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Astron. Astrophys. 338, L87-L90 (1998)


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Letter to the Editor

The dyadosphere of black holes and gamma-ray bursts

Giuliano Preparata 1, Remo Ruffini 2 and She-Sheng Xue 3

1 Physics Department, University and INFN-Section of Milan, Via Celoria 16, I-20133 Milan, Italy
2 I.C.R.A.-International Center for Relativistic Astrophysics and Physics Department, University of Rome "La Sapienza", I-00185 Rome, Italy
(e-mail: ruffini@icra.it)
3 I.C.R.A.-International Center for Relativistic Astrophysics c/o Physics Department, University of Rome "La Sapienza", I-00185 Rome, Italy

Received 16 May 1998 / Accepted 12 July 1998

Abstract

The "dyadosphere" has been defined (Ruffini 1998, Preparata et al. 1998) as the region outside the horizon of a black hole endowed with an electromagnetic field (abbreviated to EMBH for "electromagnetic black hole") where the electromagnetic field exceeds the critical value, predicted by Heisenberg & Euler (1931) for [FORMULA] pair production. In a very short time ([FORMULA]), a very large number of pairs is created there. We here give limits on the EMBH parameters leading to a Dyadosphere for [FORMULA] and [FORMULA] EMBH's, and give as well the pair densities as functions of the radial coordinate. We here assume that the pairs reach thermodynamic equilibrium with a photon gas and estimate the average energy per pair as a function of the EMBH mass. These data give the initial conditions for the analysis of an enormous pair-electromagnetic-pulse or "P.E.M. pulse" which naturally leads to relativistic expansion. Basic energy requirements for gamma ray bursts (GRB), including GRB971214 recently observed at [FORMULA], can be accounted for by processes occurring in the dyadosphere. In this letter we do not address the problem of forming either the EMBH or the dyadosphere: we establish some inequalities which must be satisfied during their formation process.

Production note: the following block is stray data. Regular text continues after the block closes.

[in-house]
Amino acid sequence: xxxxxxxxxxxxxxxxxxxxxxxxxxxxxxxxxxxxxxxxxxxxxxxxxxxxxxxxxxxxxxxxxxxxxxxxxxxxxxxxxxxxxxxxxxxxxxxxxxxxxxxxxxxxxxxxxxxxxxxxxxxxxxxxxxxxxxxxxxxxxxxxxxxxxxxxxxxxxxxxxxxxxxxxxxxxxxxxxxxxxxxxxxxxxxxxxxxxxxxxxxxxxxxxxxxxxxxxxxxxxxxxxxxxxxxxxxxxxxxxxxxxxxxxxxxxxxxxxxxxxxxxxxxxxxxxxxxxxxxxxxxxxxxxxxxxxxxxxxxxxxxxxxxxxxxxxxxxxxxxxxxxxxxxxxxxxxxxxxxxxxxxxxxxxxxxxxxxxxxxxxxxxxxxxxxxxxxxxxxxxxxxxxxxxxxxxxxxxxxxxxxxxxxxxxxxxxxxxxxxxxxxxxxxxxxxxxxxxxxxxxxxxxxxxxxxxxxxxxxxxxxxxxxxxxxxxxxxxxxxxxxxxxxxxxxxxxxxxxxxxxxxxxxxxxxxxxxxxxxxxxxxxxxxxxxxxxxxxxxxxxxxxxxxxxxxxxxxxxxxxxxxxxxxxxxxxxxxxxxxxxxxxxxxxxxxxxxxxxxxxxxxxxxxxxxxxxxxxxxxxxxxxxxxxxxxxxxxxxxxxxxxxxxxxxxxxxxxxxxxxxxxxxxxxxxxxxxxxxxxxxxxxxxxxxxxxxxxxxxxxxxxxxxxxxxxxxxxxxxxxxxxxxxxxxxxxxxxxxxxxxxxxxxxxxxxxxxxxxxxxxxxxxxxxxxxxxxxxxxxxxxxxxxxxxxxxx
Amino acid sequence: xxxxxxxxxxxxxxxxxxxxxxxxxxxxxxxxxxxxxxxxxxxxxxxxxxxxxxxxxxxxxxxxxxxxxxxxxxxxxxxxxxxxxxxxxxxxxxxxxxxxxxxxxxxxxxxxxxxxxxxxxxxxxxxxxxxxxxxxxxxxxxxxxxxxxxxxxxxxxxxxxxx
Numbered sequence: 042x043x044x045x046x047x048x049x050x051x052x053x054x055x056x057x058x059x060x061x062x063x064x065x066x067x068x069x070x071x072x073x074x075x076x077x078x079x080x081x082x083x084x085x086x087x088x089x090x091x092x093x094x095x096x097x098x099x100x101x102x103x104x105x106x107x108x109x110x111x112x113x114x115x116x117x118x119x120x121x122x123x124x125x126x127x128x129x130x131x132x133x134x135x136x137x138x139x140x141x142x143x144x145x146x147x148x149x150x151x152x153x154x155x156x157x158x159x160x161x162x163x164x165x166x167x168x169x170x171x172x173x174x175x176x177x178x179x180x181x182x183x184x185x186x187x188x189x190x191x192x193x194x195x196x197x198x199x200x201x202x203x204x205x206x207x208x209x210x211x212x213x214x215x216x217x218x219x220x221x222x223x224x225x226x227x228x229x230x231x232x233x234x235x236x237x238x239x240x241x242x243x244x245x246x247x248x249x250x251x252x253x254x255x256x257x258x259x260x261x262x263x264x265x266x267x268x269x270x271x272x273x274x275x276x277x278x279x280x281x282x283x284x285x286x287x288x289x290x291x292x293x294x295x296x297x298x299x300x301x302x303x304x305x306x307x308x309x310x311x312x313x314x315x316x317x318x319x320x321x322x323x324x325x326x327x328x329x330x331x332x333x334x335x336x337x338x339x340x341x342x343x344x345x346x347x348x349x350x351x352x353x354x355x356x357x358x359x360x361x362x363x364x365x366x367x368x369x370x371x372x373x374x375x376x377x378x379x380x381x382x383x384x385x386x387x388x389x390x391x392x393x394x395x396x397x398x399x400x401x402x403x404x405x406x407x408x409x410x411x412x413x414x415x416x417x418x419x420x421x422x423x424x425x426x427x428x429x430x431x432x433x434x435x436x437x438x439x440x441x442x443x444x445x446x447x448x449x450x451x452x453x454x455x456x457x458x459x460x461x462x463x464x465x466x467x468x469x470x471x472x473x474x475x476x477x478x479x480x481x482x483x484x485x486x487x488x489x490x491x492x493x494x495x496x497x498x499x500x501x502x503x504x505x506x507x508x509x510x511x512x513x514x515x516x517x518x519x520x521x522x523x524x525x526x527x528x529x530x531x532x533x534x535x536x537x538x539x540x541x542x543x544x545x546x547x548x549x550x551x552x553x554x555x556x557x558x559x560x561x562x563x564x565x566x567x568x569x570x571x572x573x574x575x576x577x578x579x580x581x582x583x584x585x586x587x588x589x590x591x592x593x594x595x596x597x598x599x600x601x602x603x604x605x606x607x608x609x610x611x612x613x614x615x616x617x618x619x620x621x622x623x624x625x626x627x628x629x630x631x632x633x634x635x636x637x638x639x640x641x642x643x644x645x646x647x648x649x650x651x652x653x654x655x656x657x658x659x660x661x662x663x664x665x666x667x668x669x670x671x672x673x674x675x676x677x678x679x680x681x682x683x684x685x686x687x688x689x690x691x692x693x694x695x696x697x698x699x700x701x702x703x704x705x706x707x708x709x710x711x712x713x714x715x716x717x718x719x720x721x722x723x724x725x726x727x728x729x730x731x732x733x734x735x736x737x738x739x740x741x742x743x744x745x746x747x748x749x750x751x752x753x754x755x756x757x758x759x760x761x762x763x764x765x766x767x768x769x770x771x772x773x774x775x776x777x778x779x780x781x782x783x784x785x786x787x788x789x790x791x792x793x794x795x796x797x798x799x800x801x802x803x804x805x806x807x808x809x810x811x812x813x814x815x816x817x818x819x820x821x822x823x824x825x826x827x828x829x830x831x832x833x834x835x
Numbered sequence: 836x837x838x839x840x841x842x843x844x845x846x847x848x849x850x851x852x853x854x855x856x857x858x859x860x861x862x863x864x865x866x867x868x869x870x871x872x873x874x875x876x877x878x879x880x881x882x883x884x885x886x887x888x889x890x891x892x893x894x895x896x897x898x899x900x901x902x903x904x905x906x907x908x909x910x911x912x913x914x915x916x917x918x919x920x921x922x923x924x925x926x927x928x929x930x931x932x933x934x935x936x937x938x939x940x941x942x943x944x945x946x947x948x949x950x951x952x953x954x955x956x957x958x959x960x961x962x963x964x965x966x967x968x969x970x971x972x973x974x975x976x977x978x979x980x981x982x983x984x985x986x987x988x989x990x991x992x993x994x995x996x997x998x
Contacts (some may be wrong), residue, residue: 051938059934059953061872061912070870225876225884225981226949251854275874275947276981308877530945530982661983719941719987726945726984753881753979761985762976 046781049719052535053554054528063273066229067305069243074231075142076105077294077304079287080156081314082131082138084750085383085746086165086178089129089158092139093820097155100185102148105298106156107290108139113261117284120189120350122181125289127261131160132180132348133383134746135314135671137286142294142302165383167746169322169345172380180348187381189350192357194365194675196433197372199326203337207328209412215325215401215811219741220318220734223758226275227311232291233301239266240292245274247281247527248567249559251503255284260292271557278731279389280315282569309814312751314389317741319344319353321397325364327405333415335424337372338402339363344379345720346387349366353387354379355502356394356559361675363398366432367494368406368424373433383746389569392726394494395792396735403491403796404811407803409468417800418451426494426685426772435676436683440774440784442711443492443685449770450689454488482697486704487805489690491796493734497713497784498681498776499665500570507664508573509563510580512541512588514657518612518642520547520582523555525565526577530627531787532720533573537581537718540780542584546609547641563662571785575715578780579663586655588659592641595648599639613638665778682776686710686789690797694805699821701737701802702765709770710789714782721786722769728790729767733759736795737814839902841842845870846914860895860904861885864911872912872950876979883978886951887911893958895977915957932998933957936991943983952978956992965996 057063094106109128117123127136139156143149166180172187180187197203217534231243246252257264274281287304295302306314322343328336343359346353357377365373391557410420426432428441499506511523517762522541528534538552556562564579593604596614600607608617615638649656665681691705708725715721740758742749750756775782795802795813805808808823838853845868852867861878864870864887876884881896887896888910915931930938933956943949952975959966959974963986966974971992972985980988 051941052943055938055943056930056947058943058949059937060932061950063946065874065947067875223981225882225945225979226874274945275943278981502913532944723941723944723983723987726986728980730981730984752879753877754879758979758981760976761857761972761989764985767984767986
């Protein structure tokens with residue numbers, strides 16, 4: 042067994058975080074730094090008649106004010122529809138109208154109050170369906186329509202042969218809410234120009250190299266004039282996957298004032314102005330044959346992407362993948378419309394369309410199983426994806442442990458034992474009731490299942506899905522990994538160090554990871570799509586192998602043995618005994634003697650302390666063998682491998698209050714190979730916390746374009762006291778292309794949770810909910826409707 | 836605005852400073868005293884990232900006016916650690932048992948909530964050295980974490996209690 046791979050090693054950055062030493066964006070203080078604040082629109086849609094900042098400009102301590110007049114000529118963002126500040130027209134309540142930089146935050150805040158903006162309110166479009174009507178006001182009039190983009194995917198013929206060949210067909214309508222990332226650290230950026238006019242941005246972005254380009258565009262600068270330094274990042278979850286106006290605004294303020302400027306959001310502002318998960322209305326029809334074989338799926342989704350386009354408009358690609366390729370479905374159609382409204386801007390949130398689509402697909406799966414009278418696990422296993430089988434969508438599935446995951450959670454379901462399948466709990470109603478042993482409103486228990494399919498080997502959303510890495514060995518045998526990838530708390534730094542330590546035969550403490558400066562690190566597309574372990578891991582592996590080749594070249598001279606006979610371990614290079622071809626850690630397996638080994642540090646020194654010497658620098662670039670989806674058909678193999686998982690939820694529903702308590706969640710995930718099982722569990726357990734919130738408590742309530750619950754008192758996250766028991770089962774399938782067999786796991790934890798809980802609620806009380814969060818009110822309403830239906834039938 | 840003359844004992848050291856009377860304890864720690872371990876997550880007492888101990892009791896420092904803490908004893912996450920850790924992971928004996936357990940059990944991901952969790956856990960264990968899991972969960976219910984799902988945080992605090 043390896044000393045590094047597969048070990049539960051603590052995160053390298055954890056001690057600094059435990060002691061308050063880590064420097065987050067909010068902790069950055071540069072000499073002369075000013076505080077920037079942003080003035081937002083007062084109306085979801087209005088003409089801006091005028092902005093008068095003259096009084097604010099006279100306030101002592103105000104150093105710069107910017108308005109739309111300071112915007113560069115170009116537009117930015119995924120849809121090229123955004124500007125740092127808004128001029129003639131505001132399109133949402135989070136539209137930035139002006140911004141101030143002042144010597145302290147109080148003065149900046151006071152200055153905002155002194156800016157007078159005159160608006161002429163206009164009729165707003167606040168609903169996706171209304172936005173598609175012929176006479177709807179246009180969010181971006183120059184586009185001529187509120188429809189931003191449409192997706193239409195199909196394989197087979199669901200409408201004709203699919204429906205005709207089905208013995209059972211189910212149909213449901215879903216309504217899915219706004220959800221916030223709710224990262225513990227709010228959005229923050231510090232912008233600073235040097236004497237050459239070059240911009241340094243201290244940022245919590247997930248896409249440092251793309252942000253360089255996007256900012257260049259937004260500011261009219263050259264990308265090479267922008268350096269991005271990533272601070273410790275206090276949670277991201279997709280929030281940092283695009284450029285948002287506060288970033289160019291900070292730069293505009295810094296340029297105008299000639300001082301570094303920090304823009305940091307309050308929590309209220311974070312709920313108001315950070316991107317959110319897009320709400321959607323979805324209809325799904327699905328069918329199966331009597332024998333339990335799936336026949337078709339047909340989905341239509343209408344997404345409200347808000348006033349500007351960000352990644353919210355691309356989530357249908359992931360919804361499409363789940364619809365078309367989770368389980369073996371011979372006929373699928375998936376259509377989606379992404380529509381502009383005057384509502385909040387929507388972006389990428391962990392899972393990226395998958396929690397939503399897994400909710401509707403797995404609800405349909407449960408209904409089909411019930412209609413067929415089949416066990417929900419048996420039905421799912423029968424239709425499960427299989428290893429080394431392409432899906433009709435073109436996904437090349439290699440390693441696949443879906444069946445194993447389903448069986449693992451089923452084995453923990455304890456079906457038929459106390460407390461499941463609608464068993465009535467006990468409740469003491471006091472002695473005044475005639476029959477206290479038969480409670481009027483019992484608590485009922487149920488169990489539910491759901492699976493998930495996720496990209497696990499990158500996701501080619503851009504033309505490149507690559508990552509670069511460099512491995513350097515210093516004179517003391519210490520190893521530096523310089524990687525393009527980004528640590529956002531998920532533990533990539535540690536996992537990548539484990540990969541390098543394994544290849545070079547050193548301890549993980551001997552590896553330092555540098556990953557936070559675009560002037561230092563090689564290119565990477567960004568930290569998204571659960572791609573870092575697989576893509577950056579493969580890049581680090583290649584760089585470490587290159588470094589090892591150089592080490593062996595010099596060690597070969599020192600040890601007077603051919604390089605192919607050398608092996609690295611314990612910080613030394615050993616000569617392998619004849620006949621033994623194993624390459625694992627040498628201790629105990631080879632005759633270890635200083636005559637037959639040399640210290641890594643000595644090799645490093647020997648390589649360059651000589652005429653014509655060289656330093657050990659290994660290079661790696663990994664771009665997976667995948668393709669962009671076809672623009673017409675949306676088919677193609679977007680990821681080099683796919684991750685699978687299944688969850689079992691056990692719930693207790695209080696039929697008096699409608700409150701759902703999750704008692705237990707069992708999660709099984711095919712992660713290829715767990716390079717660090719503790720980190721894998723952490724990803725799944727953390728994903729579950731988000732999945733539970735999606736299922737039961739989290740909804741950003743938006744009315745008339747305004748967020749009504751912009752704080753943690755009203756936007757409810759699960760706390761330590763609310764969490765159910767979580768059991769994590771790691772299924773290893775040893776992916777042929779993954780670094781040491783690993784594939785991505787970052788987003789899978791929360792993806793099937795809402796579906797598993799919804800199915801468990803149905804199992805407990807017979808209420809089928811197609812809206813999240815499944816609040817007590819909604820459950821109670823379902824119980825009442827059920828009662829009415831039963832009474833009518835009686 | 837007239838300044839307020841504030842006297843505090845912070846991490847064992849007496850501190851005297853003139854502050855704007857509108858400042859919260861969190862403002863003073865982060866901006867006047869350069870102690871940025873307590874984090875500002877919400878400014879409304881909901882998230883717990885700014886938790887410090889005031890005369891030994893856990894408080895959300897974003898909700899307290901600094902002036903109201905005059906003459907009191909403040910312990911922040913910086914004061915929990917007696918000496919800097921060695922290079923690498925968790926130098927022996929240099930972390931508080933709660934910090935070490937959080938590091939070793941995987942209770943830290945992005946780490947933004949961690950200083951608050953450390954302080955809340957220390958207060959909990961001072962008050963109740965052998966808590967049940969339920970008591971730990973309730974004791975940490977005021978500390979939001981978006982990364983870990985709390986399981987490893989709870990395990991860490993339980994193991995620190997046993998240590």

Key words: black holes – gamma ray bursts

Send offprint requests to: R. Ruffini

© European Southern Observatory (ESO) 1998

Online publication: September 17, 1998

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